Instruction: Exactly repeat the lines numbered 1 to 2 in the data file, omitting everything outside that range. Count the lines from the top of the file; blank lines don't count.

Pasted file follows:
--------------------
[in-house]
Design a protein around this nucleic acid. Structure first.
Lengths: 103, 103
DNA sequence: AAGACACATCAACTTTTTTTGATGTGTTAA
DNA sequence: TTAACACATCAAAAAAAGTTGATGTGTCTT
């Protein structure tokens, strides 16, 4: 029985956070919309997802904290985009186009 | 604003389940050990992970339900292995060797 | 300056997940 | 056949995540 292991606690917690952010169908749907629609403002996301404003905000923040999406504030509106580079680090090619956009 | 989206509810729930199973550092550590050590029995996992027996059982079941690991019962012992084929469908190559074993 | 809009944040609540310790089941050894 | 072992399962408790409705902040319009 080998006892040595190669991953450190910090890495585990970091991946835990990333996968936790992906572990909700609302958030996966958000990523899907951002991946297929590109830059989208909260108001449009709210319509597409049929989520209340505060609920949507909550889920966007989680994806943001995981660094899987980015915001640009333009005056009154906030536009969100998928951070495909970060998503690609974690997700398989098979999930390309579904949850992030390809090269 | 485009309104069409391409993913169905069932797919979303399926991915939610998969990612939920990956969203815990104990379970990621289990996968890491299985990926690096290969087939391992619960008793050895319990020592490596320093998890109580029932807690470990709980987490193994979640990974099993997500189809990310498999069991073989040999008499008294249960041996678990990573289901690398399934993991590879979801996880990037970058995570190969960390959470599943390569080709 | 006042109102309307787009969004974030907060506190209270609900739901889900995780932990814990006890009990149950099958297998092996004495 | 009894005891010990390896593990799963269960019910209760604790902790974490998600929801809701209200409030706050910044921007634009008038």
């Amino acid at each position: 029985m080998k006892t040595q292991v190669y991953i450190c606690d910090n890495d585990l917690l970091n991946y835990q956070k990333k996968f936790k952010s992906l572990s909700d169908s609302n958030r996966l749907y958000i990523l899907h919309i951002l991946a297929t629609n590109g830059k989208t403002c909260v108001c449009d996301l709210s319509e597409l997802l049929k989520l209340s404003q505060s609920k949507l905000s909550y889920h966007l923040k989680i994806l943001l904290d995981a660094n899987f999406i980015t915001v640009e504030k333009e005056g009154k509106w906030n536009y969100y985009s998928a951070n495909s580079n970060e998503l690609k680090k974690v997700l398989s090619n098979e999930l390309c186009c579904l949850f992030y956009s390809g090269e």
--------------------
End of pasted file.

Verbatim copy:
[in-house]
Design a protein around this nucleic acid. Structure first.